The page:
Using Our Oceans to Fight Climate Change
MEMS Assistant Professor Katherine Hornbostel publishes two papers in Chemical Engineering Journal investigating the use of membrane contactors for direct ocean carbon capture
The ocean isn’t just impacted by climate change — it may also be part of the solution to reversing it.
Direct ocean carbon capture (DOC) is an emerging form of negative emissions technology that has advantages over its on-land counterpart, direct air capture, because of its ability to avoid land use. DOC can also conveniently be paired with offshore wind and offshore carbon dioxide storage.
Katherine Hornbostel, an assistant professor of mechanical engineering and materials science at the University of Pittsburgh Swanson School of Engineering, is well-versed in the field of carbon capture technologies. She has been actively collaborating with Assistant Professor Tagbo Niepa from Pitt’s Department of Chemical and Petroleum Engineering to develop innovative ocean carbon capture solutions.
The team published two sister papers, “Demonstration of direct ocean carbon capture using encapsulated solvents” (DOI: 10.1016/j.cej.2023.144140) and “Demonstration of direct ocean carbon capture using hollow fiber membrane contactors” (DOI: 10.1016/j.cej.2023.143868), in the Chemical Engineering Journal. These two papers demonstrate experimentally and computationally how two types of membrane contactors - encapsulated solvents and hollow fiber membrane contactors - can remove carbon dioxide from the ocean.
“Membrane contactors are just what they sound like,” Hornbostel said. “They’re membranes that bring two fluids into contact with each other. In this case, we’re bringing together ocean water on one side and a solvent on the other.”
The team tested two types of membrane contactors: hollow fiber and encapsulated solvents. The biggest difference between the two technologies is their shape. While hollow fiber membrane contactors look like straws, encapsulated solvents look like caviar. Otherwise, they work exactly the same.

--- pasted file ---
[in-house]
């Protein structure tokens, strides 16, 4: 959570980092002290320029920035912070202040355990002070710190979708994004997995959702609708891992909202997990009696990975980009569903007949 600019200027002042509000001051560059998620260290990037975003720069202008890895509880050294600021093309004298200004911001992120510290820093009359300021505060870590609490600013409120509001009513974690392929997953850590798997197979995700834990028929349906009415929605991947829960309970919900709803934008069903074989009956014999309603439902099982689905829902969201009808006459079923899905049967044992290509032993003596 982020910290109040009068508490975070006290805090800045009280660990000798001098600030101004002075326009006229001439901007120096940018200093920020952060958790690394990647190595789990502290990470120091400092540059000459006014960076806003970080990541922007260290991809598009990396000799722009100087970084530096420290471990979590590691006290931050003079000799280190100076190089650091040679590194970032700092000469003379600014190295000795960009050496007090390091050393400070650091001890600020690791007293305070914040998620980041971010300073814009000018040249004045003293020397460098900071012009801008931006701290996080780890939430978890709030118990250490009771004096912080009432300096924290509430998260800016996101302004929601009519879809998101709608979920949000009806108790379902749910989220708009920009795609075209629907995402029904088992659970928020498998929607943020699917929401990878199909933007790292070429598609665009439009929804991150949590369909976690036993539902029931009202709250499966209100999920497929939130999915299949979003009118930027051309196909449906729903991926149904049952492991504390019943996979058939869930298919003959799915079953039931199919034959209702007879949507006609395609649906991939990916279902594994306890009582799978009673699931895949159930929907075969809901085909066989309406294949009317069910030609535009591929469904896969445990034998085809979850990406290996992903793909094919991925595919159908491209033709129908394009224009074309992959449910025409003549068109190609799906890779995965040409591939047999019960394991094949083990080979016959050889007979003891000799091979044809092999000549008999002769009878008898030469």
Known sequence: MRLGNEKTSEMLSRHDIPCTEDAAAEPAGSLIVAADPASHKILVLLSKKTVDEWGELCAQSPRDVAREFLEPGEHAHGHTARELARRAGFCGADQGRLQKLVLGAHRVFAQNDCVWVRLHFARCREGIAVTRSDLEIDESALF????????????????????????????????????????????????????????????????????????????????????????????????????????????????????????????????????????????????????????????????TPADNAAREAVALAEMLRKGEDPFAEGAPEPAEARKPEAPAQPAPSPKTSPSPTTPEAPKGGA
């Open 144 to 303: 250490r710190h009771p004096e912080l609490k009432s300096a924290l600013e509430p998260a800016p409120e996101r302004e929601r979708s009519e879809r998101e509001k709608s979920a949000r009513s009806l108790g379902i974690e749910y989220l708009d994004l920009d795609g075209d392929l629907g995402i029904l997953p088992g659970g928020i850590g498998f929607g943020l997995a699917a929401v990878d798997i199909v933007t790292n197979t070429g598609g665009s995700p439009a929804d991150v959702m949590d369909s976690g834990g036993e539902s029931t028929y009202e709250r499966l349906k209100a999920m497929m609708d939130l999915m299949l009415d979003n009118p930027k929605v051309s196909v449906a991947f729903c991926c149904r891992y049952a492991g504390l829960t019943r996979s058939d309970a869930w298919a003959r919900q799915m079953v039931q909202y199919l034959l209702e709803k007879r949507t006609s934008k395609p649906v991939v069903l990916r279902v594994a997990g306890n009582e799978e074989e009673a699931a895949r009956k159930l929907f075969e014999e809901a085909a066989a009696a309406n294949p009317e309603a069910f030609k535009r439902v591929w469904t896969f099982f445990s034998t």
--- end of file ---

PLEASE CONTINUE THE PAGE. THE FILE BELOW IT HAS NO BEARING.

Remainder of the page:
“The idea with both is to get a really high surface area of contact between seawater and solvent,” Hornbostel explained. “The more surface area you have, the better the carbon dioxide removal rate.”
Swinging the Seawater
Carbon dioxide will want to travel across the membrane towards the solvent, made from a sodium solution that reacts with carbon dioxide. When seawater comes into contact with the solvent, the carbon dioxide will react and separate from the seawater. The solution then has to be re-circulated to make the process more cost effective – something the team is still working to improve.
“Theoretically, we could significantly lower the price if we could swing the pH of the seawater side,” Hornbostel said. “Carbon dioxide is not typically available in seawater at its baseline level of pH, so you have to swing the pH lower in the seawater to make it more acidic and then more carbon dioxide bubbles off.”
Hornbostel’s team is currently pursuing methods for swinging seawater pH with membrane surface treatments and investigating coupling direct ocean capture with desalination to lower system costs.